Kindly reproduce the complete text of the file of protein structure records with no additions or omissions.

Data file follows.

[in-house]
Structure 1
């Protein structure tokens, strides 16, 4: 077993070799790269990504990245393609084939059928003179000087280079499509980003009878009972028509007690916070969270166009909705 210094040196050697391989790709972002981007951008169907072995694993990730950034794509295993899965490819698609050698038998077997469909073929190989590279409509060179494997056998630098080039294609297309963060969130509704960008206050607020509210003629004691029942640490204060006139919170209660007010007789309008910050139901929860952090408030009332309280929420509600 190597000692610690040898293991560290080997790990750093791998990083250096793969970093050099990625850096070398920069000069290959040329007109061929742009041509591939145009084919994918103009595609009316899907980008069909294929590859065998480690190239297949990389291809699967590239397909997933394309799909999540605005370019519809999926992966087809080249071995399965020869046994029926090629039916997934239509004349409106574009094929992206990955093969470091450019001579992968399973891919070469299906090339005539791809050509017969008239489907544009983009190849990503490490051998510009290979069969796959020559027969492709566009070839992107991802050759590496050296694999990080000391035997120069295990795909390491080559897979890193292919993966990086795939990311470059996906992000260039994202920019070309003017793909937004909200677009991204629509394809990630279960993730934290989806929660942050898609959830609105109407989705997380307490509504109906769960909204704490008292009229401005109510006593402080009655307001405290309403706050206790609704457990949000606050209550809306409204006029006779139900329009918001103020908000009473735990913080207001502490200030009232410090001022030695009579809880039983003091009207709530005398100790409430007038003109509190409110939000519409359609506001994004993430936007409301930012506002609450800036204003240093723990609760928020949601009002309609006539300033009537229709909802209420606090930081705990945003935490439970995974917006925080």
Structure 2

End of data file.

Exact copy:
[in-house]
Structure 1
């Protein structure tokens, strides 16, 4: 077993070799790269990504990245393609084939059928003179000087280079499509980003009878009972028509007690916070969270166009909705 210094040196050697391989790709972002981007951008169907072995694993990730950034794509295993899965490819698609050698038998077997469909073929190989590279409509060179494997056998630098080039294609297309963060969130509704960008206050607020509210003629004691029942640490204060006139919170209660007010007789309008910050139901929860952090408030009332309280929420509600 190597000692610690040898293991560290080997790990750093791998990083250096793969970093050099990625850096070398920069000069290959040329007109061929742009041509591939145009084919994918103009595609009316899907980008069909294929590859065998480690190239297949990389291809699967590239397909997933394309799909999540605005370019519809999926992966087809080249071995399965020869046994029926090629039916997934239509004349409106574009094929992206990955093969470091450019001579992968399973891919070469299906090339005539791809050509017969008239489907544009983009190849990503490490051998510009290979069969796959020559027969492709566009070839992107991802050759590496050296694999990080000391035997120069295990795909390491080559897979890193292919993966990086795939990311470059996906992000260039994202920019070309003017793909937004909200677009991204629509394809990630279960993730934290989806929660942050898609959830609105109407989705997380307490509504109906769960909204704490008292009229401005109510006593402080009655307001405290309403706050206790609704457990949000606050209550809306409204006029006779139900329009918001103020908000009473735990913080207001502490200030009232410090001022030695009579809880039983003091009207709530005398100790409430007038003109509190409110939000519409359609506001994004993430936007409301930012506002609450800036204003240093723990609760928020949601009002309609006539300033009537229709909802209420606090930081705990945003935490439970995974917006925080």
Structure 2